I began the week posing a question – if today were the first time I’d ever heard Mark’s account of Christ’s passion, what would I hear with fresh ears? What new questions might I ask of my faith if I weren’t taking the words of the Gospel for granted, if I didn’t think I knew them so well?
There is one small passage following Jesus’ arrest in the garden at Gethsemane that totally baffled me with its apparent randomness. “Now a young man followed him with nothing but a linen cloth about his body. They seized him, but he left the cloth behind and ran off naked.”
I believe nothing is random or coincidental in scripture, particularly in the Gospel of Mark. Mark’s author wrote the Reader’s Digest version of the Jesus story. It’s the shortest of the Gospels, noticeably lacking in detail when compared to the versions put forth by Matthew’s, Luke’s, and John’s authors. So, the naked man who got away when Jesus was arrested must be pretty significant. Who was he? Like the woman with the alabaster jar of perfume, he is never named.
I’m not scripture scholar or theologian, and I don’t claim to have the end-all-be-all answer to the man’s identity. If you search it on the internet, there are arguments that the man is Mark himself, inserting himself into the story. I found a pretty compelling argument that, because of Gethsemane’s proximity to a burial place, and because a “linen cloth” was used in the burial process, the man was the first of many to be raised from the dead as Christ embarked up His passion. But when I read scripture, I read it like a T.S. Eliot poem.
T.S. Eliot is my favorite, and every line of poetry that man created had double, triple or quadruple meanings. He alluded to so much classical literature, mythology, history and even the current events of the day that it is hard to understand the true meaning of his works without having a concordance nearby to explain line by line what he was referring to.
So when I put on my “T.S. Eliot” glasses when I’m reading Mark, I remember in scripture there being another man who was naked in a garden. And it seems only right that the one whose guilt was responsible for Jesus’ sacrifice should be present (symbolically, not literally) in the moment Christ took his place.
I believe the man was Adam.
Adam, who out of shame and guilt sought to cover up who he was with a fig leaf and turn away from God, hiding in the bushes. If Mark’s young man is symbolic of Adam, he got the ultimate do-over. Instead of hiding from God, he followed the arrested Christ. Instead of clinging to his loincloth for the barest (pardon the pun!) attempt at human dignity, he abandoned his human dignity and accepted the humility of his nakedness. And unlike Adam who was immediately sentenced to death and banishment by God, he escaped capture and judgment by the religious authorities and ran off free. He got away, back to the state in which he entered the world – naked and unashamed.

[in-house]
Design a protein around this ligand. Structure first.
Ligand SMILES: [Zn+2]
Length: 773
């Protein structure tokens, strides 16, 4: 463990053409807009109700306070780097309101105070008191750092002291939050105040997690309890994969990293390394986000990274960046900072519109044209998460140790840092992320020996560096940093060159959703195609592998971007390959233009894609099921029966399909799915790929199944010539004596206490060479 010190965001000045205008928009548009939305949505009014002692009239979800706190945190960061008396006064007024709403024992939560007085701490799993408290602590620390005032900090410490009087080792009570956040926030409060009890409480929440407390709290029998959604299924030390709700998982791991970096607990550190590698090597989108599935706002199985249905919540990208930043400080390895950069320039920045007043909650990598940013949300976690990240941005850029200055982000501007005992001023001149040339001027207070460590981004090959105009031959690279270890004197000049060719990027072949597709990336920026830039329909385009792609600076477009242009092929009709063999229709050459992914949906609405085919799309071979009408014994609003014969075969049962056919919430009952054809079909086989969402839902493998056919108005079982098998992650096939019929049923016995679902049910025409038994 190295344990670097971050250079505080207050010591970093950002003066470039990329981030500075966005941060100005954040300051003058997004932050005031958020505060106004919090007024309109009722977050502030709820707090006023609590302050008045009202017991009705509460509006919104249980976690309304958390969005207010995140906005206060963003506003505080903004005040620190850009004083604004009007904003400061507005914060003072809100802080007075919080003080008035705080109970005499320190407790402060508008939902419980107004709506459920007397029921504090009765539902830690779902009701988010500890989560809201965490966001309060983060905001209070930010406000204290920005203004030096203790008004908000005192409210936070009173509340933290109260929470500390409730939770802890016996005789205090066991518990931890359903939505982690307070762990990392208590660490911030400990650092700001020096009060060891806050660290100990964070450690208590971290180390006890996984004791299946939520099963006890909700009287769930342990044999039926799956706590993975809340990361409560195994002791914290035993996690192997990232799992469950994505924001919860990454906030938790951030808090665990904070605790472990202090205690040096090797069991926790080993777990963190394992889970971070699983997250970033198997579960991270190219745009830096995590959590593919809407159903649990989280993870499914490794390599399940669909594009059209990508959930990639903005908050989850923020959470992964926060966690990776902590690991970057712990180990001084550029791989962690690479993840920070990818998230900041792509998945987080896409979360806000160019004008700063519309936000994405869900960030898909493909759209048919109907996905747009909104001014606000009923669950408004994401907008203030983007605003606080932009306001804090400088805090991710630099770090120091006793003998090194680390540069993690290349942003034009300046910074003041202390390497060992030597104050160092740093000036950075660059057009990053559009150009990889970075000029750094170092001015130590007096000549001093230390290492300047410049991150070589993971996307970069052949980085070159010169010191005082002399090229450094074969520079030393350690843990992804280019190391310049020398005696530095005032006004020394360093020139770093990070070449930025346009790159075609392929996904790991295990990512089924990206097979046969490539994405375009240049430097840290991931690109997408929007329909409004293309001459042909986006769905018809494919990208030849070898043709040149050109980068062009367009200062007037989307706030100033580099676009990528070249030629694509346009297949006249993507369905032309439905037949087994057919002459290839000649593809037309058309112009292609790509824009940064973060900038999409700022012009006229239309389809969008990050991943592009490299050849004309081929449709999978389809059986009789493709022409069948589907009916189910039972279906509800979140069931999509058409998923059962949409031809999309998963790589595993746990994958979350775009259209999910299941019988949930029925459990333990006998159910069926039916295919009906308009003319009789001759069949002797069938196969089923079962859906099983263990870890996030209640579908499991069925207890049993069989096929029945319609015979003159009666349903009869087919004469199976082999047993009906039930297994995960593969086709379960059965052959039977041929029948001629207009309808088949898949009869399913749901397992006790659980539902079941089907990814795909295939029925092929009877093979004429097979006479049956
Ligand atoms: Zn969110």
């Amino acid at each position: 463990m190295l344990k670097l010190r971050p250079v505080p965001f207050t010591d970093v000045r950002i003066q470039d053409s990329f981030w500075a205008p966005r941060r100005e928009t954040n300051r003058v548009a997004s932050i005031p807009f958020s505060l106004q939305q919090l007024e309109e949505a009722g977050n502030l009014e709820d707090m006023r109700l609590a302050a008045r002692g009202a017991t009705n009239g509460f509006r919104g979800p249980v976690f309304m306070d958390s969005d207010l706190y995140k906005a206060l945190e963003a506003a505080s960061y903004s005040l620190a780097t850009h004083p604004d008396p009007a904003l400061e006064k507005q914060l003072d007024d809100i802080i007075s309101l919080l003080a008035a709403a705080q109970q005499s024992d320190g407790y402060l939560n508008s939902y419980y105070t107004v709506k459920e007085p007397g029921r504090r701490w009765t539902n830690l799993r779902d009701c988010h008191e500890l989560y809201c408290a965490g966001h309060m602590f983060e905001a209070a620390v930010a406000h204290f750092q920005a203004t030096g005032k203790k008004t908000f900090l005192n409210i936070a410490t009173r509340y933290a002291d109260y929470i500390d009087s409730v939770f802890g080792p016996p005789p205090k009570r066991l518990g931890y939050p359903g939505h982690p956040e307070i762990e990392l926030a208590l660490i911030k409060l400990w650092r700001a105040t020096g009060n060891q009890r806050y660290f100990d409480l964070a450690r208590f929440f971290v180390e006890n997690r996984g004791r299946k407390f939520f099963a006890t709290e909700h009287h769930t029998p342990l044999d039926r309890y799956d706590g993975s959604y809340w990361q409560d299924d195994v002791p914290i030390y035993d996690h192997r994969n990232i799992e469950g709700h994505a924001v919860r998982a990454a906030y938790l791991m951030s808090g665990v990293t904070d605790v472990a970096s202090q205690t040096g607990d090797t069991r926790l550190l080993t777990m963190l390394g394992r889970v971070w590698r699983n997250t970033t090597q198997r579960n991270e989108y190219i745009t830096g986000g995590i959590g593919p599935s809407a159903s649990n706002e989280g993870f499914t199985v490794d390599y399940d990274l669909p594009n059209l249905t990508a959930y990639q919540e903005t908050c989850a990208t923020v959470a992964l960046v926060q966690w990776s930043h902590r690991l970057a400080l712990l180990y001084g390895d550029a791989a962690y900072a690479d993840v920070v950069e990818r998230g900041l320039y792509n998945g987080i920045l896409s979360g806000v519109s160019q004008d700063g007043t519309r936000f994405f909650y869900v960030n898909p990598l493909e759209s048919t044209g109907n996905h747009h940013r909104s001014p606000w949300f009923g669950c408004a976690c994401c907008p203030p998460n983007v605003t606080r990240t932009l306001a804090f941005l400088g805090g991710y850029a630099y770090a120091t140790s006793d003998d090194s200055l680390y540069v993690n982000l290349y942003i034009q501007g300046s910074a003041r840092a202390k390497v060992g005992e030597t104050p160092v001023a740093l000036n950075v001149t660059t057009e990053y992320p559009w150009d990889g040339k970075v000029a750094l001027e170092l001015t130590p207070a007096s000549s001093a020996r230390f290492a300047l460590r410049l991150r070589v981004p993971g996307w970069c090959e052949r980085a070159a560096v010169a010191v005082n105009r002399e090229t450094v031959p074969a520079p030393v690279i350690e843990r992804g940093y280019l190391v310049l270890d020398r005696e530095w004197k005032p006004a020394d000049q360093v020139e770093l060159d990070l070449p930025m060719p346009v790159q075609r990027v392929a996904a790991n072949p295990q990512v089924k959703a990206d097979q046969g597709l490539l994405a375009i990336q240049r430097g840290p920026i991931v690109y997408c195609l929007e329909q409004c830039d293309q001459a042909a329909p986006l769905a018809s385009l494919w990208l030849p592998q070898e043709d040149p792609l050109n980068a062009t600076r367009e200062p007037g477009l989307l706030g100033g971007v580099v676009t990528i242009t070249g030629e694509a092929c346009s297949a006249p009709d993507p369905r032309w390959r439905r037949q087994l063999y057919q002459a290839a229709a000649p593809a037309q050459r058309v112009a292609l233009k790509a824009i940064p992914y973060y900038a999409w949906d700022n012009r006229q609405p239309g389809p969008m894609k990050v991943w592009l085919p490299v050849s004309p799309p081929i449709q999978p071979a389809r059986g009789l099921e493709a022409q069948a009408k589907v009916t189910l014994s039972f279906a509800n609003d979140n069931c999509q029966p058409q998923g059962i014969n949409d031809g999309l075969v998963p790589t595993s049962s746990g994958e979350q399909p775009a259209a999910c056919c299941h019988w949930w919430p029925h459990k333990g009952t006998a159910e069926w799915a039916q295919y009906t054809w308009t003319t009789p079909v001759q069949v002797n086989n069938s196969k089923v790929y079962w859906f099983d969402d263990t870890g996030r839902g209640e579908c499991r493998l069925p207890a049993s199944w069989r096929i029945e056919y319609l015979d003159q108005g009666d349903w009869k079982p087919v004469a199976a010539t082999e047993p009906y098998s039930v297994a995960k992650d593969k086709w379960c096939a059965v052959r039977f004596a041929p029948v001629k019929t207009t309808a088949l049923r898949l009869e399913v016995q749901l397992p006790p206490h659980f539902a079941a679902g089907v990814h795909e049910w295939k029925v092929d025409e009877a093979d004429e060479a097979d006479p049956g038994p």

I believe the man was not just Adam, but every one of Adam’s sons and daughters who were subject to the same banishment of original sin. You and I were there, written into the Gospel. You and I were there when they crucified my Lord. You and I were the ones that got away.
But only if we were willing to leave our loincloths at the scene of the arrest.
Every day we get to make that choice. Do we cling to the symbol of our shame and attempt to hide behind guilt? That is not the path of Christian freedom that Jesus afforded us when He embarked upon His passion in the garden. Because of Jesus we can acknowledge our guilt, and them move on. We even have holy Sacraments instituted by Jesus Himself to help us do it. Do we avail ourselves of this gift, or do we allow ourselves to be captured and held bound because we are afraid to let go of the activities and choices we think hide our shame and guilt? Good works and religious piety don’t cover a guilty conscience. I don’t know about you, but being seen wearing only my undies wouldn’t be much less mortifying than being completely naked.
Is such little dignity worth more than freedom? To the Jewish people who abhorred nakedness, the answer was yes. To modern-day Pharisees who cling to their religious judgments and rules and appearances, the answer is also yes. But to the humble children of God, there is no need for shame at our spiritual nakedness. We are human and we sin, and we are forgiven. There is no longer shame in being human for all to see.
I like to think that the young man, Adam or not, ran off naked into the arms of a loving Father who clothed him in a purple robe, put a ring on his finger, and killed the fatted calf for a feast. Christ won for us that Christian dignity. Let us run and claim it, freer than on the day we were born.